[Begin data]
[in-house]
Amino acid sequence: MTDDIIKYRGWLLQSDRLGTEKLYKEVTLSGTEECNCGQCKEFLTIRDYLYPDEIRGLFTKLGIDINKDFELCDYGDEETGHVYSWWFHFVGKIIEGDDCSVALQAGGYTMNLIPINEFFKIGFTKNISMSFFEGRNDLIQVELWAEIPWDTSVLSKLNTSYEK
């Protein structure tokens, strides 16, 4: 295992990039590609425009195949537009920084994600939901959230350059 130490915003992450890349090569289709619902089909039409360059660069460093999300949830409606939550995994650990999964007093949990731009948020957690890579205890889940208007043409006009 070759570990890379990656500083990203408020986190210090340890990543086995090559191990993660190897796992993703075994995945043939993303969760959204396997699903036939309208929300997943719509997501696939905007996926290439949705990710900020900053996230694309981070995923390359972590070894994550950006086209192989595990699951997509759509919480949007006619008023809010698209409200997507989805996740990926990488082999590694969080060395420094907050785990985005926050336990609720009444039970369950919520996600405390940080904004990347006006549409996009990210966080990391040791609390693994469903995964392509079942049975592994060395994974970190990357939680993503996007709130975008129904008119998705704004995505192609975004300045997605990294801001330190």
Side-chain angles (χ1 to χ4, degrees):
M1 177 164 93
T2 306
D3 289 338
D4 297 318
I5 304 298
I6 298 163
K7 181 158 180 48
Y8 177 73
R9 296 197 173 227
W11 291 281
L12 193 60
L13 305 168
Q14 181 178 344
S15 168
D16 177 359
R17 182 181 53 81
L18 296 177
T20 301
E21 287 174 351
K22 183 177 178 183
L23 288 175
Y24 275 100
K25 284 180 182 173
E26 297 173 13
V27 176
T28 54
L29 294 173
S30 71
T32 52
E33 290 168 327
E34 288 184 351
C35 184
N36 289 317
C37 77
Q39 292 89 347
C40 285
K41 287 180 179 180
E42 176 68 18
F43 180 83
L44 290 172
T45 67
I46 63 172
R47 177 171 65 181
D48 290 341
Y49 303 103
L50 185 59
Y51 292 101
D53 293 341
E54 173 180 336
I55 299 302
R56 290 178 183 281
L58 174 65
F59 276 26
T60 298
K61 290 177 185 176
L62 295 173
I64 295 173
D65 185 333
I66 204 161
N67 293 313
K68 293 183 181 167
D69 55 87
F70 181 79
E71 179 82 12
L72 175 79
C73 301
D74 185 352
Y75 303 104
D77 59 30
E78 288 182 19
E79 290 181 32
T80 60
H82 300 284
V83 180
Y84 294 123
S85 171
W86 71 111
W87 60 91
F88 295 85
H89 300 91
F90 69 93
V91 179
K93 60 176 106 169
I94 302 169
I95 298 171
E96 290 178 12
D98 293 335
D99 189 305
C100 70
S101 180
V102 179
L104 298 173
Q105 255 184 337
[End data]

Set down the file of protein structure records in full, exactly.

[in-house]
Amino acid sequence: MTDDIIKYRGWLLQSDRLGTEKLYKEVTLSGTEECNCGQCKEFLTIRDYLYPDEIRGLFTKLGIDINKDFELCDYGDEETGHVYSWWFHFVGKIIEGDDCSVALQAGGYTMNLIPINEFFKIGFTKNISMSFFEGRNDLIQVELWAEIPWDTSVLSKLNTSYEK
């Protein structure tokens, strides 16, 4: 295992990039590609425009195949537009920084994600939901959230350059 130490915003992450890349090569289709619902089909039409360059660069460093999300949830409606939550995994650990999964007093949990731009948020957690890579205890889940208007043409006009 070759570990890379990656500083990203408020986190210090340890990543086995090559191990993660190897796992993703075994995945043939993303969760959204396997699903036939309208929300997943719509997501696939905007996926290439949705990710900020900053996230694309981070995923390359972590070894994550950006086209192989595990699951997509759509919480949007006619008023809010698209409200997507989805996740990926990488082999590694969080060395420094907050785990985005926050336990609720009444039970369950919520996600405390940080904004990347006006549409996009990210966080990391040791609390693994469903995964392509079942049975592994060395994974970190990357939680993503996007709130975008129904008119998705704004995505192609975004300045997605990294801001330190």
Side-chain angles (χ1 to χ4, degrees):
M1 177 164 93
T2 306
D3 289 338
D4 297 318
I5 304 298
I6 298 163
K7 181 158 180 48
Y8 177 73
R9 296 197 173 227
W11 291 281
L12 193 60
L13 305 168
Q14 181 178 344
S15 168
D16 177 359
R17 182 181 53 81
L18 296 177
T20 301
E21 287 174 351
K22 183 177 178 183
L23 288 175
Y24 275 100
K25 284 180 182 173
E26 297 173 13
V27 176
T28 54
L29 294 173
S30 71
T32 52
E33 290 168 327
E34 288 184 351
C35 184
N36 289 317
C37 77
Q39 292 89 347
C40 285
K41 287 180 179 180
E42 176 68 18
F43 180 83
L44 290 172
T45 67
I46 63 172
R47 177 171 65 181
D48 290 341
Y49 303 103
L50 185 59
Y51 292 101
D53 293 341
E54 173 180 336
I55 299 302
R56 290 178 183 281
L58 174 65
F59 276 26
T60 298
K61 290 177 185 176
L62 295 173
I64 295 173
D65 185 333
I66 204 161
N67 293 313
K68 293 183 181 167
D69 55 87
F70 181 79
E71 179 82 12
L72 175 79
C73 301
D74 185 352
Y75 303 104
D77 59 30
E78 288 182 19
E79 290 181 32
T80 60
H82 300 284
V83 180
Y84 294 123
S85 171
W86 71 111
W87 60 91
F88 295 85
H89 300 91
F90 69 93
V91 179
K93 60 176 106 169
I94 302 169
I95 298 171
E96 290 178 12
D98 293 335
D99 189 305
C100 70
S101 180
V102 179
L104 298 173
Q105 255 184 337